Habenular (dys)function in decisions on approach and avoidance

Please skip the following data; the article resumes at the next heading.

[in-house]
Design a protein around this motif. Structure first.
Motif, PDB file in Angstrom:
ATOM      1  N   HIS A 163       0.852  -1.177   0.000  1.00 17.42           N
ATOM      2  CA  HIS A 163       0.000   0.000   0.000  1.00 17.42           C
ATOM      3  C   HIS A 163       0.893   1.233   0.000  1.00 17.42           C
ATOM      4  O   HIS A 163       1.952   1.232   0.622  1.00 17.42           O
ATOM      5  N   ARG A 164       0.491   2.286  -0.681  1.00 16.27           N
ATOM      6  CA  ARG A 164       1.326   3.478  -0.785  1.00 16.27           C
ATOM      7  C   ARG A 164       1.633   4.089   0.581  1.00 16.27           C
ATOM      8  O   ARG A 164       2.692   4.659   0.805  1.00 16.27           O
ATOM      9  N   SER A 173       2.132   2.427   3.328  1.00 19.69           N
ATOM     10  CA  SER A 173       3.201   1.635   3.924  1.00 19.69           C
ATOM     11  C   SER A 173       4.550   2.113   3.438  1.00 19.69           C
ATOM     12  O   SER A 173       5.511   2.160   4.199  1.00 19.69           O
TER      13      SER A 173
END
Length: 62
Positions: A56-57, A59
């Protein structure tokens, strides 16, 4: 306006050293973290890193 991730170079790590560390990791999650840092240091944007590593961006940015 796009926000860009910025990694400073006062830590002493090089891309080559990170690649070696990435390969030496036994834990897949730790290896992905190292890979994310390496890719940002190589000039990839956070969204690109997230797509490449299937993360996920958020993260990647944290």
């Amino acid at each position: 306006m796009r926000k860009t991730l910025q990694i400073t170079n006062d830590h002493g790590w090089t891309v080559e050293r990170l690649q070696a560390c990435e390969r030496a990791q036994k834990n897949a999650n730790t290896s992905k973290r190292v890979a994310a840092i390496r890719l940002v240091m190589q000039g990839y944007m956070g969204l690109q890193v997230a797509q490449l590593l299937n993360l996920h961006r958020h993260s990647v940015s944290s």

Project A12 addresses the role of the habenula (Hb) in motivated behaviour of humans. The Hb is an important relay on a major descending pathway from the forebrain to the brain stem with predominantly inhibitory influence on monoaminergic nuclei, thereby controlling release of dopamine and serotonin to the forebrain. The project aims at understanding the contribution of the Hb to active and passive avoidance and to learning from aversive events. This comprises studying habenular activity, its structural and functional embedding in pallido-habenulo-mesencephalo-striatal networks, and its neurochemical interactions. To this end, high-resolution structural, diffusion-weighted and functional MRI, pharmacological challenges, and in-vivo receptor density mapping using positron emission tomography will be performed in healthy volunteers. Understanding habenular functions is important not only for fundamental neurosciences but also for clinical neuropsychiatry, because dysfunction of the Hb has been suggested to contribute to the pathophysiology of psychiatric disorders, such as affective disorders and addiction. Therefore, we will search for volume and connectivity aberrations of the Hb in patients with addiction.